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Largest-ever genetic study of prostate cancer in men of African descent finds new risk factors for the disease

Prostate cancer takes a greater toll on Black men than on men of other races. In the United States, one in six Black men will get prostate cancer in their lifetime, compared to one in eight men overall. Black men are also more than twice as likely to die from the disease.

While past studies have identified nearly 270 genetic variants linked to prostate cancer risk, researchers have yet to find a clear explanation for the disproportionate risk among men of African ancestry. Genetic research thus far has also failed to predict which men face a high risk for aggressive prostate cancer, versus those who may get less deadly forms of the disease.

New discoveries from the largest-ever study of prostate cancer in men of African descent are now addressing those long unanswered questions. The meta-analysis, led by researchers at the Keck School of Medicine of USC, includes genome-wide association study data from more than 80,000 men.

The study identified nine new genetic risk factors for prostate cancer, seven of which are found either largely or exclusively in men of African ancestry. For the first time, researchers also found that genetic differences can help determine which men are most likely to develop aggressive prostate cancer. The study was just published in the journal European Urology.

“The ability to differentiate between the risk for aggressive and non-aggressive forms of the disease is of critical importance,” said Christopher Haiman, ScD, AFLAC Chair in Cancer Research at the USC Norris Comprehensive Cancer Center and senior author of the study. “Until now, risk scores haven’t been able to do that.”

These findings can be used to refine polygenic risk scores, tools that assess a person’s risk for a condition based on the combined influence of multiple genetic factors. More accurate polygenic risk scores for men of African descent could help in identifying high-risk patients early on.

“Prostate cancer survival is significantly lower among men diagnosed with aggressive disease,” said Fei Chen, PhD, an assistant professor of clinical population and public health sciences at the Keck School of Medicine and the study’s first author. “Our findings suggest that these polygenic risk scores could be useful for identifying men who may benefit from earlier and more frequent screenings.”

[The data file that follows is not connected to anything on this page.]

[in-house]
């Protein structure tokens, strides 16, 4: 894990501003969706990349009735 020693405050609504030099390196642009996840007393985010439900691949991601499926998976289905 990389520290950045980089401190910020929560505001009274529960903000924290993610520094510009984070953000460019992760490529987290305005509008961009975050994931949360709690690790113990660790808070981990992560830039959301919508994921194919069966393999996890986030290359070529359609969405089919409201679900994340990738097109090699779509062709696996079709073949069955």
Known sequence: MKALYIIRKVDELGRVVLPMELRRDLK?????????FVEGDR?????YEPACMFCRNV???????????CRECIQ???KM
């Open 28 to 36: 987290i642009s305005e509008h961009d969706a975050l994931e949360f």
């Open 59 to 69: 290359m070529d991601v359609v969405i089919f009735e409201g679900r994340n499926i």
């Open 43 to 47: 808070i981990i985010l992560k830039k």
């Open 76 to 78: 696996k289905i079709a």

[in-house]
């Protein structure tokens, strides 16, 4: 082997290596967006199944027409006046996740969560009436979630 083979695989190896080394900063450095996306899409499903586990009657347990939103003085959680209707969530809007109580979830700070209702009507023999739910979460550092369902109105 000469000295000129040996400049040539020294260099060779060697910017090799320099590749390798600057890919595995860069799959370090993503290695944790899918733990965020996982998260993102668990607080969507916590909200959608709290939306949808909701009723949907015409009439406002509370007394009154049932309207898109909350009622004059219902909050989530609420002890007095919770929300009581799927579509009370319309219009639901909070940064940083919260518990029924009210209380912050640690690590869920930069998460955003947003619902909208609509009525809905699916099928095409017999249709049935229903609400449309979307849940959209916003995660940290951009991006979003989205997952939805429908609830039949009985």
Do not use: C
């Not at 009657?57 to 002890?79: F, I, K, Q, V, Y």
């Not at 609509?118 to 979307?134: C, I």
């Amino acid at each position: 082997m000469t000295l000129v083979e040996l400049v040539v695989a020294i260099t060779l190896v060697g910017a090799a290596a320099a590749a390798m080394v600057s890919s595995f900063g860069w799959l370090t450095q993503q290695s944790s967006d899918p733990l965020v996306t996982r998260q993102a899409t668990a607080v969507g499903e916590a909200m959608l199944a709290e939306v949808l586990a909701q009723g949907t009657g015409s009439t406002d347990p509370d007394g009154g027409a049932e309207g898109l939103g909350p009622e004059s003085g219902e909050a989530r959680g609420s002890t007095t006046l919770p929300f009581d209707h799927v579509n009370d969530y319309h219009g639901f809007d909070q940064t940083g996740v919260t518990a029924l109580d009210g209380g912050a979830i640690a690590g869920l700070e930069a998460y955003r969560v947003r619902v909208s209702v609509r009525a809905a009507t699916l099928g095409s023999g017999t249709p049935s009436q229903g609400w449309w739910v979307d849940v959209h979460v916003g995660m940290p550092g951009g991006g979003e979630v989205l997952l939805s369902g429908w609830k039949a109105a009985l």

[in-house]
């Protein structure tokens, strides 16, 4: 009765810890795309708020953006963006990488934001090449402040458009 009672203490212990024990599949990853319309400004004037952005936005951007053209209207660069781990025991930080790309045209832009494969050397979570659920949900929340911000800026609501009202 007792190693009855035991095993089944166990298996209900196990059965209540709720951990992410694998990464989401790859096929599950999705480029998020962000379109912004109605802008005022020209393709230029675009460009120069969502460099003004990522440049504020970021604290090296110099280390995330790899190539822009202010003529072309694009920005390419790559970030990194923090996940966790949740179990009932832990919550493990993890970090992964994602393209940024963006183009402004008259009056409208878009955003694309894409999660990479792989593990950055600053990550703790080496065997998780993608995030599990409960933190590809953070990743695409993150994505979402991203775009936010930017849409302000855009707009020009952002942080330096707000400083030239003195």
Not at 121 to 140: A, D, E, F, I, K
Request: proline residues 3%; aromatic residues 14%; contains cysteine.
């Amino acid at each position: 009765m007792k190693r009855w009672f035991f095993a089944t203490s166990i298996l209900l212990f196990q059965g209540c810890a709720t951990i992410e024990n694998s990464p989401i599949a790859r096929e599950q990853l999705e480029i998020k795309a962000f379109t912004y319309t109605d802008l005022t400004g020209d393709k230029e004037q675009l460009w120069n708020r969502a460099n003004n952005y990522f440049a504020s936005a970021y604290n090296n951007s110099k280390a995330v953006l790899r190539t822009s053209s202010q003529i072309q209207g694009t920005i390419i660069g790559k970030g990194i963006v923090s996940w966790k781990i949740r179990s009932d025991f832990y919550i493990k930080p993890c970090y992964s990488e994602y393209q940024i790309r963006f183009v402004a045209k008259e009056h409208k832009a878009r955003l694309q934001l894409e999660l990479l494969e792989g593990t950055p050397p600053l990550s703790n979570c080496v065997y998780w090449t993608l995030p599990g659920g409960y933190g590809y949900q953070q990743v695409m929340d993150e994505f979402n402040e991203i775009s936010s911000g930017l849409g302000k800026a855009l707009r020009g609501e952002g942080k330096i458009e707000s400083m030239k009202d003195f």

Nine new variants

For the meta-analysis, researchers pooled data from 10 genome-wide association studies—virtually all of the existing data on genetic risk for prostate cancer in men of African ancestry. That includes data collected in the United States, Africa and the Caribbean on 19,378 men with prostate cancer and 61,620 healthy controls.

Haiman, Chen and their colleagues found nine previously undiscovered genetic variants that increased the risk for prostate cancer among men of African descent. Seven of those variants are found primarily—or even exclusively—in this population, which underscores the importance of including diverse populations in large-scale genetic studies, Chen said.

One new variant in the 8q24 region, long known to influence prostate cancer risk, is only found in men of African ancestry. “This particular variant is influencing the risk of aggressive disease in this population,” said Haiman, who also co-leads the USC Norris Cancer Epidemiology Program and is the director of the Center for Genetic Epidemiology at the Keck School of Medicine.

The researchers also detected some of the same patterns seen in previous studies, including that genetic influence plays a bigger role in cancer risk for younger men compared with their older counterparts.

Better screening for prostate cancer

The newly identified variants can be incorporated into genetic tests that help patients understand their cancer risk and decide how early and often to get screened, Haiman said.

Through the RESPOND initiative, funded by the National Institutes of Health and the Prostate Cancer Foundation (PCF), he and his colleagues are continuing to study the disease among African American men, including how social determinants, access to care and other factors affect prostate cancer recurrence, progression and survival rates. One of their long-term goals is to develop a widely available genetic screening test that can help men of all ages assess their risk levels.

“Through the Robert F. Smith-PCF Special Challenge Award for the Smith Polygenic Risk Test, the Prostate Cancer Foundation is proud to invest in the critical work of the RESPOND investigators to understand and address the reasons why African American men disproportionally experience aggressive prostate cancer, and ultimately advance our shared mission to end death and suffering from this disease,” said PCF Executive Vice President and Chief Science Officer Howard R. Soule, PhD.

Earlier research by Haiman’s team identified many genetic risk factors for prostate cancer and offered early insights on risk among men of African ancestry. Evidence of risk factors specific to this population points to the importance of continuing to collect data from diverse groups, including men of African, Asian and Hispanic descent.

“The vast majority of studies to date have been conducted in populations of European ancestry, which creates a huge bias in our understanding of genetic risk for disease,” Haiman said.



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